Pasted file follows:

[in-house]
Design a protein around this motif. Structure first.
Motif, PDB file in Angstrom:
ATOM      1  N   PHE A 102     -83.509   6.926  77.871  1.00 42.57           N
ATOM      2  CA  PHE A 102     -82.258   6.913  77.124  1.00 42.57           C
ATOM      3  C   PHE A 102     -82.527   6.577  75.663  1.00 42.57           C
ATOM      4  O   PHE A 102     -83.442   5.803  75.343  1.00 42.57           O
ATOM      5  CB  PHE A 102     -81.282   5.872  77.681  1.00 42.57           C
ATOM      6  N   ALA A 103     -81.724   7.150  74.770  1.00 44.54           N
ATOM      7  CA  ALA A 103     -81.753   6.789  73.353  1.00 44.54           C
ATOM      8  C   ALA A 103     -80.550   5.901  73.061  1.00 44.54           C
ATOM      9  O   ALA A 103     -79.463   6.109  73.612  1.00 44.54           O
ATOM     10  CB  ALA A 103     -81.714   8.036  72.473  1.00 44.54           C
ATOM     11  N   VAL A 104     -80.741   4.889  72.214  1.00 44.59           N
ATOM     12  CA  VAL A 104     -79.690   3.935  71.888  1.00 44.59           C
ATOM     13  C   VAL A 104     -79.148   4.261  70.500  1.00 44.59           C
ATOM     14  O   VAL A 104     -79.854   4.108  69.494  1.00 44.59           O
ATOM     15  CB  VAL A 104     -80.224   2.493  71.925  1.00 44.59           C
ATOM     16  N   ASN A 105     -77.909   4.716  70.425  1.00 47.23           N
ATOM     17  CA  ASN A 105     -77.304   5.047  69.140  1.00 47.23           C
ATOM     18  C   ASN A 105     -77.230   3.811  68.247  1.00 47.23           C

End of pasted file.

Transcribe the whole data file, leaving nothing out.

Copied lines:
[in-house]
Design a protein around this motif. Structure first.
Motif, PDB file in Angstrom:
ATOM      1  N   PHE A 102     -83.509   6.926  77.871  1.00 42.57           N
ATOM      2  CA  PHE A 102     -82.258   6.913  77.124  1.00 42.57           C
ATOM      3  C   PHE A 102     -82.527   6.577  75.663  1.00 42.57           C
ATOM      4  O   PHE A 102     -83.442   5.803  75.343  1.00 42.57           O
ATOM      5  CB  PHE A 102     -81.282   5.872  77.681  1.00 42.57           C
ATOM      6  N   ALA A 103     -81.724   7.150  74.770  1.00 44.54           N
ATOM      7  CA  ALA A 103     -81.753   6.789  73.353  1.00 44.54           C
ATOM      8  C   ALA A 103     -80.550   5.901  73.061  1.00 44.54           C
ATOM      9  O   ALA A 103     -79.463   6.109  73.612  1.00 44.54           O
ATOM     10  CB  ALA A 103     -81.714   8.036  72.473  1.00 44.54           C
ATOM     11  N   VAL A 104     -80.741   4.889  72.214  1.00 44.59           N
ATOM     12  CA  VAL A 104     -79.690   3.935  71.888  1.00 44.59           C
ATOM     13  C   VAL A 104     -79.148   4.261  70.500  1.00 44.59           C
ATOM     14  O   VAL A 104     -79.854   4.108  69.494  1.00 44.59           O
ATOM     15  CB  VAL A 104     -80.224   2.493  71.925  1.00 44.59           C
ATOM     16  N   ASN A 105     -77.909   4.716  70.425  1.00 47.23           N
ATOM     17  CA  ASN A 105     -77.304   5.047  69.140  1.00 47.23           C
ATOM     18  C   ASN A 105     -77.230   3.811  68.247  1.00 47.23           C